Who doesn’t crave cold soda and warm sugary drinks at times? But not only are these expensive, compared to water, they can also affect your health says Sarah Rodrigues.
The human body may seem substantial – a mass of bone, muscle and skin – but as we know, it is largely made up of water. Around 60 percent of an adult human is water– that is more than half!
People excrete water on a daily basis mostly through sweat and urine but even through breathing! Because of this, it is important to keep replacing those fluids. But why? What function does water serve in our bodies?
Water would not be present in our bodies if it were not needed for human health and wellbeing. Every single cell and organ of the body needs water to function properly. Ninety per cent of our blood is water and it is necessary for carrying oxygen around the body, so keeping your blood healthy and circulating well is vital.
Water is also needed to make our food consumption work properly: if we eat without drinking water, the digestive system is affected. It cannot get the nutrients from the food that it needs, and it cannot expel waste efficiently, which leads to constipation and stomach aches.
According to a study published in the American Journal of Clinical Nutrition, drinking
water also makes you smarter! Imagine your brain as a sponge. When it is shrivelled up and dried out, it is less able to take in the goodness of what you are learning at school. Keeping it well hydrated makes it far more receptive to knowledge – meaning that your memory and ability to think clearly are boosted.
This is why dehydration or the deficit of water in the body leads to fatigue. If you think about doing something that involves energy on an empty stomach, you would probably think that was foolish, wouldn’t you? It may come as a surprise to many that water is just as important as food not just for sports and performances, but also for everyday life. When you are not sufficiently hydrated, it means that you – your brain, your body, everything – have to work harder to keep functioning. This is tiring, in the same way that ordinary tasks are more tiring when you have not had enough sleep.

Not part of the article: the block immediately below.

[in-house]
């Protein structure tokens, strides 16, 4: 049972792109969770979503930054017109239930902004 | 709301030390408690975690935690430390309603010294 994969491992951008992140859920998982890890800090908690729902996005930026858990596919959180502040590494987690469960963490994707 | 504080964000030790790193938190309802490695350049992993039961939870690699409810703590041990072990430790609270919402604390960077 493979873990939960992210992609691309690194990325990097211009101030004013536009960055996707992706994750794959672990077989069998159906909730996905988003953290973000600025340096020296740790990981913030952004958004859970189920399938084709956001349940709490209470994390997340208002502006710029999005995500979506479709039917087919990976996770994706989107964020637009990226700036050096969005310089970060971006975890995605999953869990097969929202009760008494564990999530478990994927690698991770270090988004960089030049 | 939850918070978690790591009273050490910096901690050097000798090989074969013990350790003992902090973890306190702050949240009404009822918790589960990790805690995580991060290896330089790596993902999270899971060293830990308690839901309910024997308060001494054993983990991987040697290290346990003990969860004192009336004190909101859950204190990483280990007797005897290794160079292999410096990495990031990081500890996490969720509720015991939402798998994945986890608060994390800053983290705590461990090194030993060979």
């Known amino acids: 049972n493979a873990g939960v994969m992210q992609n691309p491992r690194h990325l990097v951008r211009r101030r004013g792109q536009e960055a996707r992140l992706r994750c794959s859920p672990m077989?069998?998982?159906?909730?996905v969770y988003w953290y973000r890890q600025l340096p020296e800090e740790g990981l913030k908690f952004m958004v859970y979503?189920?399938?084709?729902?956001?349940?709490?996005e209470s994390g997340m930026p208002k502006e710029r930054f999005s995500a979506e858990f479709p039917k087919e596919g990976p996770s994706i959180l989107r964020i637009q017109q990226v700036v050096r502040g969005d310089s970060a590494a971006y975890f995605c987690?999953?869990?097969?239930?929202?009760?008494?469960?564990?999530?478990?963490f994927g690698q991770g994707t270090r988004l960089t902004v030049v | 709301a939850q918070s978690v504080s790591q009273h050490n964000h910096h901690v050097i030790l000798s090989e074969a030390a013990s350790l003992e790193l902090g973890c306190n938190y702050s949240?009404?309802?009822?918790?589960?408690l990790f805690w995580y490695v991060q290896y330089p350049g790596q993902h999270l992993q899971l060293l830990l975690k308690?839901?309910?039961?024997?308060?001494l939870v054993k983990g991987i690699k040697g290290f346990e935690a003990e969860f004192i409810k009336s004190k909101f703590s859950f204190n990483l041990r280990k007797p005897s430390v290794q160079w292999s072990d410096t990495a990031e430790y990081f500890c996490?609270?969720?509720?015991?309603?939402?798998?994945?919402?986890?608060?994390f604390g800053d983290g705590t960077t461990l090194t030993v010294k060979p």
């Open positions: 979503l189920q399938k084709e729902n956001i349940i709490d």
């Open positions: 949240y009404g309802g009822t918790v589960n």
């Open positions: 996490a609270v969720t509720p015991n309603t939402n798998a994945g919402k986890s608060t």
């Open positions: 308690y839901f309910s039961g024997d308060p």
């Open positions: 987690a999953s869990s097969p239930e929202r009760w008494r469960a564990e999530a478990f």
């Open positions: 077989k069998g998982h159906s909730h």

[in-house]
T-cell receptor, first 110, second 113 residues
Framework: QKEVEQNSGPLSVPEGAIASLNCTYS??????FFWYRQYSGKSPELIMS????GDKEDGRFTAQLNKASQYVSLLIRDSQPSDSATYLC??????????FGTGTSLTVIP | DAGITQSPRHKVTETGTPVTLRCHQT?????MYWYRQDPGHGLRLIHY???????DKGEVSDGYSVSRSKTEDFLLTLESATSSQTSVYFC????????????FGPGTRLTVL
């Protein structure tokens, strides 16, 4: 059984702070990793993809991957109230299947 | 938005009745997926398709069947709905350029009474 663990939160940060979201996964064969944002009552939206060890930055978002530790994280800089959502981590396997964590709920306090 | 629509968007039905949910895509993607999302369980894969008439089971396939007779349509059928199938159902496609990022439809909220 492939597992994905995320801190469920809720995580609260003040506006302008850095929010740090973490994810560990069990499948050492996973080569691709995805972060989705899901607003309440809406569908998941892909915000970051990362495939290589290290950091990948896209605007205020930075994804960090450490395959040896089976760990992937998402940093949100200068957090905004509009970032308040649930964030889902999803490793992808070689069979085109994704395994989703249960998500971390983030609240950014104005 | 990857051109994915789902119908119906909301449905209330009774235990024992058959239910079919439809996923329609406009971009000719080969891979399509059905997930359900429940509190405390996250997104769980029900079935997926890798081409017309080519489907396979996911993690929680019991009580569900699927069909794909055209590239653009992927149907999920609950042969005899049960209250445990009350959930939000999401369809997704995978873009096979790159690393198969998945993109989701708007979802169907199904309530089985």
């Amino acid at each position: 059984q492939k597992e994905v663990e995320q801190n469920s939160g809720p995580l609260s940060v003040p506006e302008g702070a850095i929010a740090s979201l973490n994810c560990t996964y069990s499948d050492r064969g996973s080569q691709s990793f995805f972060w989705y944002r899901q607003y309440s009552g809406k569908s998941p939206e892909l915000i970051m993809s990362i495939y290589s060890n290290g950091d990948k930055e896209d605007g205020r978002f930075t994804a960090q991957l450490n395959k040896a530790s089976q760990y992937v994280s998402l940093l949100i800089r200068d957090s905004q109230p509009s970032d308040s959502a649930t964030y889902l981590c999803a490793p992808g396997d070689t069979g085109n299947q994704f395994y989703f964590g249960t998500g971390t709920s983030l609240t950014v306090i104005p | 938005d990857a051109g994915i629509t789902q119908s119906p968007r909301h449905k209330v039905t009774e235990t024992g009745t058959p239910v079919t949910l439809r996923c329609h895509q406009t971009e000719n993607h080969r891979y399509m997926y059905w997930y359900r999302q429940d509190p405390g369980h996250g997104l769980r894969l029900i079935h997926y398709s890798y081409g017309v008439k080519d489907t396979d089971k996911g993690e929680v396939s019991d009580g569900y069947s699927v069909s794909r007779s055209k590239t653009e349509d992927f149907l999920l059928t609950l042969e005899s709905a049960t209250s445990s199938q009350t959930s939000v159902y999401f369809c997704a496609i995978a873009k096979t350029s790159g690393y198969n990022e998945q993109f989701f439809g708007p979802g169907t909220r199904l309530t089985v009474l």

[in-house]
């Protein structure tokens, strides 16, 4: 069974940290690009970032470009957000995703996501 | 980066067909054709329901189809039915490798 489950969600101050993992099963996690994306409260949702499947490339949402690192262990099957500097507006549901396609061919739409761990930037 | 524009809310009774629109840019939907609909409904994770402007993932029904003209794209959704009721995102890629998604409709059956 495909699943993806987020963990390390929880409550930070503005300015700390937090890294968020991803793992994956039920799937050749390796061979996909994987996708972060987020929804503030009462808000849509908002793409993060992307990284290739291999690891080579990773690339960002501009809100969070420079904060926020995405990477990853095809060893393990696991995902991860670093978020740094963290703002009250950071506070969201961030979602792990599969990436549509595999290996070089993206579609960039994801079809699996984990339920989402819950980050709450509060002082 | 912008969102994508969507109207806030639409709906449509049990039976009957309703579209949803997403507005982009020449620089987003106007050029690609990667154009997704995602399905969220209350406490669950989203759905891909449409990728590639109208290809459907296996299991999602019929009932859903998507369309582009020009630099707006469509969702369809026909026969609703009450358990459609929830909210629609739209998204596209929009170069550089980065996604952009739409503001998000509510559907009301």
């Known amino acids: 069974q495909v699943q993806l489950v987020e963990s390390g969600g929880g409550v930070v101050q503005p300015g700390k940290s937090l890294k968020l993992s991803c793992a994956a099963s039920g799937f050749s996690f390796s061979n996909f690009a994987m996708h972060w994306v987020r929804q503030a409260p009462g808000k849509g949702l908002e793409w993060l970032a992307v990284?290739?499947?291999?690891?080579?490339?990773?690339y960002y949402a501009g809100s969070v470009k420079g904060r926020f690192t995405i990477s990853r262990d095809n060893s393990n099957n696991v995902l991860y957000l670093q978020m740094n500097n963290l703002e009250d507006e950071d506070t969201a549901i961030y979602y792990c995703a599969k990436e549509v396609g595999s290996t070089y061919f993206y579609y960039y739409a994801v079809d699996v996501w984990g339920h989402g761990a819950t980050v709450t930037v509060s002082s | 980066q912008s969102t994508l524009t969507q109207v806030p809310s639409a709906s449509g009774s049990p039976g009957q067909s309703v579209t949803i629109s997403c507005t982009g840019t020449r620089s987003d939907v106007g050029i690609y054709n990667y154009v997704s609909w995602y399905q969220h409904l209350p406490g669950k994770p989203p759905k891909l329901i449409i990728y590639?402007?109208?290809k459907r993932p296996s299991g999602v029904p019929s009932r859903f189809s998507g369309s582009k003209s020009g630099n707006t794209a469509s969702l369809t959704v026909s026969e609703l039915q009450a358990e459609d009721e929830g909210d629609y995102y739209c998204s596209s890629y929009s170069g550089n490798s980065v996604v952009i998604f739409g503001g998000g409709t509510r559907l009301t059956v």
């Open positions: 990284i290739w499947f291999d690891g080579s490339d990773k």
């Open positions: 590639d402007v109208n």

Although we may feel the effects of these processes, the processes themselves are happening on the inside – and it’s easy to ignore things that we can’t easily see. So what about the external effects of not drinking enough water? Water is fantastic for your skin. Think of a sponge: do you want your skin to look like a thirsty, parched one or a plump, moisturised one? The latter, of course. Although you can use loads of products on your face to help it look smoother and dewier, the best thing you can do for your skin is to nourish it from the inside with what you drink=. Water also plays a huge role in keeping skin clear and blemishfree. This is because it carries waste throughout the body, allowing it to get rid of toxins that can cause skin problems. Imagine the difference between a running stream and a pool of stagnant water. Water running frequently through your body enables your skin to be like the stream, rather than the pool.
“Drinking water hydrates the cells once it is absorbed into the bloodstream and is filtered by the kidneys,” explains dermatologist Margarita Lolis, MD. “So, at the cellular level, drinking water is great as it flushes the system and hydrates our bodies overall.”
But why isn’t it just enough to drink fluids like soft drinks, juices, coffee or tea? Why does it have to be water?
These other drinks – soft drinks and juices in particular – are. often full of sugar, and even the low-sugar varieties may contain lots of chemicals. Therefore, even though they are putting liquid into your body, they are also putting toxins into your body. Sugar, for example, can affect the quality of your skin, as well as causing weight gain and tooth decay. Coffee and tea contain caffeine, which causes dehydration – the complete opposite of what water does! It is fine to consume these beverages for a break, but they should not make up the bulk of your fluid intake.
So how much water is the right amount? Most people, including doctors in the United Kingdom, agree that you should aim for around two litres each day or about eight regular-sized glasses. This is a good baseline, but you may need more if you are physically active, or if the weather is very warm. It is also a good rule to drink before you feel thirsty, as well as when you are hungry and before you eat, since the brain often confuses thirst signals with hunger ones, leading to the unnecessary snacking.
So, reach for that glass of water and junk the juice.